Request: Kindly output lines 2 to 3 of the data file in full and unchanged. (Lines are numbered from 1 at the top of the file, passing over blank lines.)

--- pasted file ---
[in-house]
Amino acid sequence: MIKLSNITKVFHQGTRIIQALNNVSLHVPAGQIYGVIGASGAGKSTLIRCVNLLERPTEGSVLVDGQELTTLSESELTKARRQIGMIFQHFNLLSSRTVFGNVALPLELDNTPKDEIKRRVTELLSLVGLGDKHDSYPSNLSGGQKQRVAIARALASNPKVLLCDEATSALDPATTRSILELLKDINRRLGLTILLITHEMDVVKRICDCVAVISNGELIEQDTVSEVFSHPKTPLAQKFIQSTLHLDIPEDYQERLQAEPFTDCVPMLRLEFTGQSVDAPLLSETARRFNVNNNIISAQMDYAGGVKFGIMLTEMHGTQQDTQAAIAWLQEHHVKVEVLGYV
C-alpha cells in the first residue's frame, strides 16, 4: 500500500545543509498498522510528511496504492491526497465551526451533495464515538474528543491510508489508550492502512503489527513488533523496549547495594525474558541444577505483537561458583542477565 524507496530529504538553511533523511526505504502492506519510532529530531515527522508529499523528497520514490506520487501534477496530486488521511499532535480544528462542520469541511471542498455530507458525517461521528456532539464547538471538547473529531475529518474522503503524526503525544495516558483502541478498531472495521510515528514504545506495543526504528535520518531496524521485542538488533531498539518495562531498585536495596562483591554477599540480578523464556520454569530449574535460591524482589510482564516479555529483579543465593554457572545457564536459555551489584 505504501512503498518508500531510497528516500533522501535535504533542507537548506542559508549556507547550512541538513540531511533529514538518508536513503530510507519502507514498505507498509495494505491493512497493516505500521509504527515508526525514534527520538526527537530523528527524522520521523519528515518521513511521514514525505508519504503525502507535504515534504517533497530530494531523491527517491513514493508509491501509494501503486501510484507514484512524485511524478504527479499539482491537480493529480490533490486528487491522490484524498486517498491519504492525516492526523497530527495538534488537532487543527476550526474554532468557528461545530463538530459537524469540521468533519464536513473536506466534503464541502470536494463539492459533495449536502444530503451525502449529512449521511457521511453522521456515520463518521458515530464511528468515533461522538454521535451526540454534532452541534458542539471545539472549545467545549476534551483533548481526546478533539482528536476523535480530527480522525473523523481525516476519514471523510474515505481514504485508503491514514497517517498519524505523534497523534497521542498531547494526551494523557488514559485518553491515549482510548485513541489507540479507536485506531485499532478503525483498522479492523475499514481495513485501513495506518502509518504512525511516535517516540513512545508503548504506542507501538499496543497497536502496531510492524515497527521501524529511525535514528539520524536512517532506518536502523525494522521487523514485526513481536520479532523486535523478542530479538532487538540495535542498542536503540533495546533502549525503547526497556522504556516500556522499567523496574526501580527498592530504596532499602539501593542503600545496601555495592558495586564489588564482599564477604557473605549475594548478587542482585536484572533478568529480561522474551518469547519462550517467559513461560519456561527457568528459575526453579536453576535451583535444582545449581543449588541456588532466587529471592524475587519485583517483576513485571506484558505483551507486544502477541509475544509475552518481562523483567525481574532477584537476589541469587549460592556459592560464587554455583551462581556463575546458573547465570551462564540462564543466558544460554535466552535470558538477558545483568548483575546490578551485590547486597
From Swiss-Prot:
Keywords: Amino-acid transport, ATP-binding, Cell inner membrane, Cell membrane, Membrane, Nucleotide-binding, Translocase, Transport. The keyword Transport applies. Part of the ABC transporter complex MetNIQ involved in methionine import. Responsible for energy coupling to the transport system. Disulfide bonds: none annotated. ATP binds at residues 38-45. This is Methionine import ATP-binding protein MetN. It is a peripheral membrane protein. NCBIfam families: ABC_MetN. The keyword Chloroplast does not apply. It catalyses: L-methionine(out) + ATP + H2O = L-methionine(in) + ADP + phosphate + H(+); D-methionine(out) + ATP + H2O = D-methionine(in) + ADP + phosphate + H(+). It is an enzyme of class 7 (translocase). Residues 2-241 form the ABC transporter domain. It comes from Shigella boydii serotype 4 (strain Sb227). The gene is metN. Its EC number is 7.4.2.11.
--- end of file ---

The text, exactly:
Amino acid sequence: MIKLSNITKVFHQGTRIIQALNNVSLHVPAGQIYGVIGASGAGKSTLIRCVNLLERPTEGSVLVDGQELTTLSESELTKARRQIGMIFQHFNLLSSRTVFGNVALPLELDNTPKDEIKRRVTELLSLVGLGDKHDSYPSNLSGGQKQRVAIARALASNPKVLLCDEATSALDPATTRSILELLKDINRRLGLTILLITHEMDVVKRICDCVAVISNGELIEQDTVSEVFSHPKTPLAQKFIQSTLHLDIPEDYQERLQAEPFTDCVPMLRLEFTGQSVDAPLLSETARRFNVNNNIISAQMDYAGGVKFGIMLTEMHGTQQDTQAAIAWLQEHHVKVEVLGYV
C-alpha cells in the first residue's frame, strides 16, 4: 500500500545543509498498522510528511496504492491526497465551526451533495464515538474528543491510508489508550492502512503489527513488533523496549547495594525474558541444577505483537561458583542477565 524507496530529504538553511533523511526505504502492506519510532529530531515527522508529499523528497520514490506520487501534477496530486488521511499532535480544528462542520469541511471542498455530507458525517461521528456532539464547538471538547473529531475529518474522503503524526503525544495516558483502541478498531472495521510515528514504545506495543526504528535520518531496524521485542538488533531498539518495562531498585536495596562483591554477599540480578523464556520454569530449574535460591524482589510482564516479555529483579543465593554457572545457564536459555551489584 505504501512503498518508500531510497528516500533522501535535504533542507537548506542559508549556507547550512541538513540531511533529514538518508536513503530510507519502507514498505507498509495494505491493512497493516505500521509504527515508526525514534527520538526527537530523528527524522520521523519528515518521513511521514514525505508519504503525502507535504515534504517533497530530494531523491527517491513514493508509491501509494501503486501510484507514484512524485511524478504527479499539482491537480493529480490533490486528487491522490484524498486517498491519504492525516492526523497530527495538534488537532487543527476550526474554532468557528461545530463538530459537524469540521468533519464536513473536506466534503464541502470536494463539492459533495449536502444530503451525502449529512449521511457521511453522521456515520463518521458515530464511528468515533461522538454521535451526540454534532452541534458542539471545539472549545467545549476534551483533548481526546478533539482528536476523535480530527480522525473523523481525516476519514471523510474515505481514504485508503491514514497517517498519524505523534497523534497521542498531547494526551494523557488514559485518553491515549482510548485513541489507540479507536485506531485499532478503525483498522479492523475499514481495513485501513495506518502509518504512525511516535517516540513512545508503548504506542507501538499496543497497536502496531510492524515497527521501524529511525535514528539520524536512517532506518536502523525494522521487523514485526513481536520479532523486535523478542530479538532487538540495535542498542536503540533495546533502549525503547526497556522504556516500556522499567523496574526501580527498592530504596532499602539501593542503600545496601555495592558495586564489588564482599564477604557473605549475594548478587542482585536484572533478568529480561522474551518469547519462550517467559513461560519456561527457568528459575526453579536453576535451583535444582545449581543449588541456588532466587529471592524475587519485583517483576513485571506484558505483551507486544502477541509475544509475552518481562523483567525481574532477584537476589541469587549460592556459592560464587554455583551462581556463575546458573547465570551462564540462564543466558544460554535466552535470558538477558545483568548483575546490578551485590547486597